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$1,200,000 Recovery for Miscalculation of Due Date Causing Early Induced Labor Resulting in PVL

Daryl L. Zaslow, Esq. of Eichen Crutchlow Zaslow, LLP (Edison, Red Bank and Toms River) obtained a $1,200,000 settlement on behalf of an 11-year-old boy who was diagnosed with periventricular leukomalacia (“PVL”) at 5 years of age. A portion of the settlement is being used to purchase an annuity which will make the total value of the settlement $1,834,401.70. The settlement was reached during a settlement conference before the Honorable James Den Uyl, J.S.C., who approved the settlement at a friendly hearing conducted before His Honor on March 11, 2016.

On January 25, 2005, the Plaintiff’s mother was 32 years old when she presented to her obstetrical group for her first prenatal visit. At such time, she reported that she was uncertain whether her last menstrual period (“LMP”) was November 11, 2004 or November 16, 2004. Thereafter, the pregnant patient underwent three prenatal ultrasound examinations all of which were interpreted by her obstetrician the Defendant. Mr. Zaslow retained experts who opined the three ultrasounds supported a final estimated due date of August 25, 2005. The experts further opined that the Defendant deviated from the accepted standards of obstetrical care by erroneously determining the estimated due date to be on August 16, 2005 based on the uncertain LMP of November 11, 2005. According to Mr. Zaslow and his experts, because there was a 9-day difference between the estimated due date by LMP and the estimated due date by ultrasound, the ultrasound-derived estimated due date of August 25, 2005 should have been considered the correct due date.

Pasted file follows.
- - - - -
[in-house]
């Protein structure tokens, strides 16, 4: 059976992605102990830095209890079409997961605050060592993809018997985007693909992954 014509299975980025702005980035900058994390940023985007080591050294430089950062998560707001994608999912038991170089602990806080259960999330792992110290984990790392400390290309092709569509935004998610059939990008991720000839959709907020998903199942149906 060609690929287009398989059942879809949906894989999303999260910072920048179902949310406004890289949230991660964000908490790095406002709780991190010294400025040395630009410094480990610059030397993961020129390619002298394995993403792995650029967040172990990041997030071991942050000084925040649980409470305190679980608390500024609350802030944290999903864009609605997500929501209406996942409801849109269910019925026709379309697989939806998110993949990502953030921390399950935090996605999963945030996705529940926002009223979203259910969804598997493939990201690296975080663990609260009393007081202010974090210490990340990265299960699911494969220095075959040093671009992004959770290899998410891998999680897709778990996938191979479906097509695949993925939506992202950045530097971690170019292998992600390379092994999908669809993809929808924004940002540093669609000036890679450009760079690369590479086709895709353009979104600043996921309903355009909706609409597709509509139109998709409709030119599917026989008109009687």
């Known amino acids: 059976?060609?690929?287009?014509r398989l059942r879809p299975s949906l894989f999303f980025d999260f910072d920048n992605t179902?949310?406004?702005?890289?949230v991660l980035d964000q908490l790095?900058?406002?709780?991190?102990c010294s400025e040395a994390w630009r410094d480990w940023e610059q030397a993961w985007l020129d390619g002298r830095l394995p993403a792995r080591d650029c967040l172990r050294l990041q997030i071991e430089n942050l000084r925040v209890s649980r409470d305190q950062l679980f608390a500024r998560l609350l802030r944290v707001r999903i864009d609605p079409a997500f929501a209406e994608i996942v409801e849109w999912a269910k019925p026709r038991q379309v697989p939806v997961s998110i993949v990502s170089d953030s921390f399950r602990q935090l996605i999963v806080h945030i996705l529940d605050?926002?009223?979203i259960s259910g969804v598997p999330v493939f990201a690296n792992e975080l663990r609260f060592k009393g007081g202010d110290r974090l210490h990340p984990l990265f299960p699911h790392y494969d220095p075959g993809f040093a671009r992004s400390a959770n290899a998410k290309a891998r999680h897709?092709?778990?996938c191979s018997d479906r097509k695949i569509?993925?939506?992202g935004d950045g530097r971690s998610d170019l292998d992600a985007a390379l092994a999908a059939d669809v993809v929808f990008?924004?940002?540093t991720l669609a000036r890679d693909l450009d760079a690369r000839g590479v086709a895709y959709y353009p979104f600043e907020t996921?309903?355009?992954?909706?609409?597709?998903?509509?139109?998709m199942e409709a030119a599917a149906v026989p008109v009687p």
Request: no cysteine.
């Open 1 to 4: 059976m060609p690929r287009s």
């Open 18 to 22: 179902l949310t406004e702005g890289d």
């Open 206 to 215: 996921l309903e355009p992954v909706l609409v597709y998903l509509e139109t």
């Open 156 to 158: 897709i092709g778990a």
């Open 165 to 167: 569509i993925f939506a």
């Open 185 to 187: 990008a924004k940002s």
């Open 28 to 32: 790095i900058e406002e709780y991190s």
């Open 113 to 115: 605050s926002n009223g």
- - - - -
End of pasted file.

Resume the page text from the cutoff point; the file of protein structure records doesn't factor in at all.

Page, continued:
The Defendant obstetrician induced labor on August 1, 2005. The medical records he prepared at such time indicated that the mother was 38 weeks pregnant and that the obstetrician induced labor was because the mother had severe complaints of Gastroesophageal reflux disease (“GERD”). Mr. Zaslow maintained that in reality, his client was only 36+4/7 weeks pregnant on August 1, 2005 based on her first trimester ultrasound, clinical history and the remaining two ultrasound examinations. By miscalculating the estimated date of delivery and inducing the delivery on August 1, 2005, the plaintiff’s experts opined that the defendant caused an iatrogenic preterm birth that increased the risk of the baby having short- and long-term morbidity including but not limited to respiratory problems after birth and long-term neuro-developmental problems.

Although the baby appeared healthy at birth, with excellent Apgars of 9/9/9, shortly after birth he developed respiratory distress. The child was slow to meet his developmental and neurological milestones during the first several years of life and several of his treating physicians and the child study team at school system believed he was autistic. When Mr. Zaslow’s client was 5, however, he underwent an MRI which was interpreted to show Periventricular leukomalacia or PVL. PVL is a type of brain damage that involves the periventricular white matter of the brain. Damage to the white matter results in the death and decay of injured cells, leaving empty areas in the brain called lateral ventricles, which fill with fluid (a condition called leukomalacia). Following the MRI, one of his treating physicians attributed his developmental delays in the area speech to be from the PVL.

Although PVL is usually associated with premature babies born prior to 34 weeks gestation, Mr. Zaslow and the experts he retained maintained that his client’s PVL and developmental delays in the area of speech were caused by his iatrogenic premature birth.

The Defense argued that the Defendant correctly determined the due date and that the birth was not premature. The Defense had several experts who opined there was no PVL and any problems the child had were caused by autism and had nothing to do with when he was delivered.

The Defendant Obstetrician settled for one million dollars, the amount of his insurance policy. Plaintiffs alleged the obstetrical office staff should have made the fact the mother was not certain what her LMP was more apparent in the medical records and/or otherwise ensured this fact was brought to the attention of obstetrician. As such, they contributed $200,000 to the settlement.